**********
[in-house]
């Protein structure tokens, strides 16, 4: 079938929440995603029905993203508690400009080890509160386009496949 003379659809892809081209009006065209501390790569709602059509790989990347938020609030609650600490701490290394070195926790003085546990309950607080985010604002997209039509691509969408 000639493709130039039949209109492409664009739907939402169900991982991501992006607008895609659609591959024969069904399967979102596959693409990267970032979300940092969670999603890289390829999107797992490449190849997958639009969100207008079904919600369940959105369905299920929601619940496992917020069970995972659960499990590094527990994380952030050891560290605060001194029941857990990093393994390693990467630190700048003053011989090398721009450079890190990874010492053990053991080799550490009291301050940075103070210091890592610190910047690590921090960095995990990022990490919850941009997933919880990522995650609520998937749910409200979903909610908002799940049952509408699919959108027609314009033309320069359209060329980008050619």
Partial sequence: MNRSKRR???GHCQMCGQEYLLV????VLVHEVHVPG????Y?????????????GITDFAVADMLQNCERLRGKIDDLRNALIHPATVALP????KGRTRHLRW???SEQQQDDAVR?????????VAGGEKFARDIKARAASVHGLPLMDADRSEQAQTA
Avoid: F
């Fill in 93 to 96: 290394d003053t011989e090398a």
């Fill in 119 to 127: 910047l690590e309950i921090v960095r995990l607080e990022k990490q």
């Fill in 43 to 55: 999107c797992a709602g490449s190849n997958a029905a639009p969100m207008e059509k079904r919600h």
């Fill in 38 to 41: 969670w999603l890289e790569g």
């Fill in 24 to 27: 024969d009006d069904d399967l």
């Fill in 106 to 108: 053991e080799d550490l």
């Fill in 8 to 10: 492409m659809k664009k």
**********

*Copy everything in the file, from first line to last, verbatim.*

[in-house]
């Protein structure tokens, strides 16, 4: 079938929440995603029905993203508690400009080890509160386009496949 003379659809892809081209009006065209501390790569709602059509790989990347938020609030609650600490701490290394070195926790003085546990309950607080985010604002997209039509691509969408 000639493709130039039949209109492409664009739907939402169900991982991501992006607008895609659609591959024969069904399967979102596959693409990267970032979300940092969670999603890289390829999107797992490449190849997958639009969100207008079904919600369940959105369905299920929601619940496992917020069970995972659960499990590094527990994380952030050891560290605060001194029941857990990093393994390693990467630190700048003053011989090398721009450079890190990874010492053990053991080799550490009291301050940075103070210091890592610190910047690590921090960095995990990022990490919850941009997933919880990522995650609520998937749910409200979903909610908002799940049952509408699919959108027609314009033309320069359209060329980008050619």
Partial sequence: MNRSKRR???GHCQMCGQEYLLV????VLVHEVHVPG????Y?????????????GITDFAVADMLQNCERLRGKIDDLRNALIHPATVALP????KGRTRHLRW???SEQQQDDAVR?????????VAGGEKFARDIKARAASVHGLPLMDADRSEQAQTA
Avoid: F
């Fill in 93 to 96: 290394d003053t011989e090398a």
């Fill in 119 to 127: 910047l690590e309950i921090v960095r995990l607080e990022k990490q």
């Fill in 43 to 55: 999107c797992a709602g490449s190849n997958a029905a639009p969100m207008e059509k079904r919600h």
């Fill in 38 to 41: 969670w999603l890289e790569g």
């Fill in 24 to 27: 024969d009006d069904d399967l």
């Fill in 106 to 108: 053991e080799d550490l």
């Fill in 8 to 10: 492409m659809k664009k």